My wife did well to choose her timing to share her comment because she waited until after the kids were in bed and I had the brain space to hear her – yea, her. That night she would’ve also argued that she waited to say it when she was in a better mindset, but here’s the thing, she wasn’t. She was definitely in a better spot than earlier in the day, but she was not herself. She realized this a few days later when she was actually feeling more herself and she apologized for it. This could’ve been her greatest triumph as apologizing wasn’t something she was taught or role modelled growing up – her family was aggressive, so yelling was just what they did. Not apologizing is also one of the most common complaints about wives from husbands in general, which makes my wife’s all the more impressive. (Women typically complain men aren’t sincere in their apologies). My wife’s been working on that one and it’s pretty great as the receiver. It can be hard being married to a therapist, but my wife’s humble enough to listen and try to follow my lead… sometimes… and sometimes that’s because I’m being a wiener. For the record, I also apologized as my comment walking away wasn’t the right time, which connects to two other lessons I teach:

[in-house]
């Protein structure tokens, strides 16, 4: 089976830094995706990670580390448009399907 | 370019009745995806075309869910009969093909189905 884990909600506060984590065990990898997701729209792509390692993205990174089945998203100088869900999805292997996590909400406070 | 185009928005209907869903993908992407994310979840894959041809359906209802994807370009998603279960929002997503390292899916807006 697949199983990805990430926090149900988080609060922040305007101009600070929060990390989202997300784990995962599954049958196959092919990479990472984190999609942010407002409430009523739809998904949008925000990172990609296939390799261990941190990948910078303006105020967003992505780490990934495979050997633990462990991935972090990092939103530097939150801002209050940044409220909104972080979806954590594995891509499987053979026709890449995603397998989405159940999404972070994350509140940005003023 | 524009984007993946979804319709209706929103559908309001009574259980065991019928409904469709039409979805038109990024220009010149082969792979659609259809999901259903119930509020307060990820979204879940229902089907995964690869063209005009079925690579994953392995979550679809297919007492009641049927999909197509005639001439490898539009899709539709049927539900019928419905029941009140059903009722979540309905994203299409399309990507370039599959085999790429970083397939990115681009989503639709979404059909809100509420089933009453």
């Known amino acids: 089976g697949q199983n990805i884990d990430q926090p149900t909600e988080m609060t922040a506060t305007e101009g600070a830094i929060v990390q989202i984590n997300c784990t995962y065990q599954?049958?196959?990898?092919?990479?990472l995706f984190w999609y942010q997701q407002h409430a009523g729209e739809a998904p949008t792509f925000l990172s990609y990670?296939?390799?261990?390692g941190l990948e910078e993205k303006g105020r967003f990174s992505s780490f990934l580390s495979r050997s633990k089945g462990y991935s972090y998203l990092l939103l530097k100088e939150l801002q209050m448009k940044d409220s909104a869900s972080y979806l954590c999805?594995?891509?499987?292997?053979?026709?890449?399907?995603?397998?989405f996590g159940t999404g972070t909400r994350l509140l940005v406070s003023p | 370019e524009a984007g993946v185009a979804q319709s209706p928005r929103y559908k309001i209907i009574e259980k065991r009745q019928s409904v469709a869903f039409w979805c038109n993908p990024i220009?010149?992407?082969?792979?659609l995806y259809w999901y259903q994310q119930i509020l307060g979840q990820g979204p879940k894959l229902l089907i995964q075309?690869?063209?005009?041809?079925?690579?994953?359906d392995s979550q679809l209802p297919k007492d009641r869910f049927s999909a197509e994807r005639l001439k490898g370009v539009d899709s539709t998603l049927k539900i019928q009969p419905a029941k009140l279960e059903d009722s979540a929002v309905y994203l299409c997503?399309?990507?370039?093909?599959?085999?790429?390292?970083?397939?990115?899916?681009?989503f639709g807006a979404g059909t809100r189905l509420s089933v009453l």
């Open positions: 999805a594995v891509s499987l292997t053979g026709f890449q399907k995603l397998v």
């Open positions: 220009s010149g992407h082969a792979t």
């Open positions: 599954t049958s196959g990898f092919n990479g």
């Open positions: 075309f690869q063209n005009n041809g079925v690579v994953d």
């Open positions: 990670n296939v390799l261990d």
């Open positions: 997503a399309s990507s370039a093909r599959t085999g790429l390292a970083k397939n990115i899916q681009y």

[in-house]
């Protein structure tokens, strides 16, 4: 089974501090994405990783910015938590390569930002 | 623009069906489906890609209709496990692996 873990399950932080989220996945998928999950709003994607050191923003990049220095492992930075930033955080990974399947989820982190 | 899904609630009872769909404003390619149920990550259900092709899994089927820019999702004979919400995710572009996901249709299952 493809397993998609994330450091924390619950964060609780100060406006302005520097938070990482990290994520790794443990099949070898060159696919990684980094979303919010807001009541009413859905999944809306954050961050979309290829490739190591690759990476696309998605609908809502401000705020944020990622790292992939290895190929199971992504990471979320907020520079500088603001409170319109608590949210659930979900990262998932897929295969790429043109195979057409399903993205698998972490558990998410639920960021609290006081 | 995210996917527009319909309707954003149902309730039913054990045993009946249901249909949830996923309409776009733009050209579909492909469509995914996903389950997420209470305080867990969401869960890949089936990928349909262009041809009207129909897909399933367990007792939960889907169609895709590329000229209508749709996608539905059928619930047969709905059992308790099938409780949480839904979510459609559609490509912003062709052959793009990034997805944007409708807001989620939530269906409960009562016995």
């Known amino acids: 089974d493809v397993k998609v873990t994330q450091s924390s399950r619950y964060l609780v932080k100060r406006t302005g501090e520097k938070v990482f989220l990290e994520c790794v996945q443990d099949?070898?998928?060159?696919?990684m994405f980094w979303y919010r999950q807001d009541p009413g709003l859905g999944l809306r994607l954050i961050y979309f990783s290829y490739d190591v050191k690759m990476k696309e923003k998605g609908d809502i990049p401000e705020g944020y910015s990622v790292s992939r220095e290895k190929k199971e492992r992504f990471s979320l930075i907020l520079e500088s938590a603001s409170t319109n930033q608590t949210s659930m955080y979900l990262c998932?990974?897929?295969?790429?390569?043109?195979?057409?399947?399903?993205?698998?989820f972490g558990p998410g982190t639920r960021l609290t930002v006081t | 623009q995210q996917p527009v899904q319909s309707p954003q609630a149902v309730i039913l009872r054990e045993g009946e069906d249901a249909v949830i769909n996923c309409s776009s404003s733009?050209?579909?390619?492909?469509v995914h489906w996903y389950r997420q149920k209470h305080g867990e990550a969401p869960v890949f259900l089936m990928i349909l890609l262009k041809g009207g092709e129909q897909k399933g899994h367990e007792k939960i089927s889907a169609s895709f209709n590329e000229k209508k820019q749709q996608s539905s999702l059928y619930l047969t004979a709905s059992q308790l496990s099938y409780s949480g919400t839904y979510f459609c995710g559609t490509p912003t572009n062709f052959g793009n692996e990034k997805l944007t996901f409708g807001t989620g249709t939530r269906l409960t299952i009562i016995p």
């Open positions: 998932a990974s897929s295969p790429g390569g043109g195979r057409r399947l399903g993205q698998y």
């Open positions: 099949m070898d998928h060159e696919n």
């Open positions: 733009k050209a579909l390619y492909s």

- Apologize when there’s something you could’ve done better to help the other person feel cared about and affirmed.
- After a conflict, both people should apologize because as it’s said, “It takes two to tango.” In a conflict, both people have done something that’s left the other hurt and defensive, which means both people should be apologizing and keeping it equal.
What was interesting is until she said that comment I had no idea how triggering it is to work ridiculously hard at work and home (it had been a crazy two months) and then have someone say, “It feels like I’m a single parent.” Earlier that week, while doing chores I had According to Jim in the background. (I appreciate this show a lot more now as a parent). The main character, Jim is a very relaxed parent who plays in a band for fun with his buddies and goes to football games on the weekend while his stay-at-home wife watches the kids. Based on his activities, she could say this line because it was true, but that’s not me. I haven’t been having fun; I’ve been edging toward burn out to make up for taking a week off to be with my family, which was its own exhausting experience.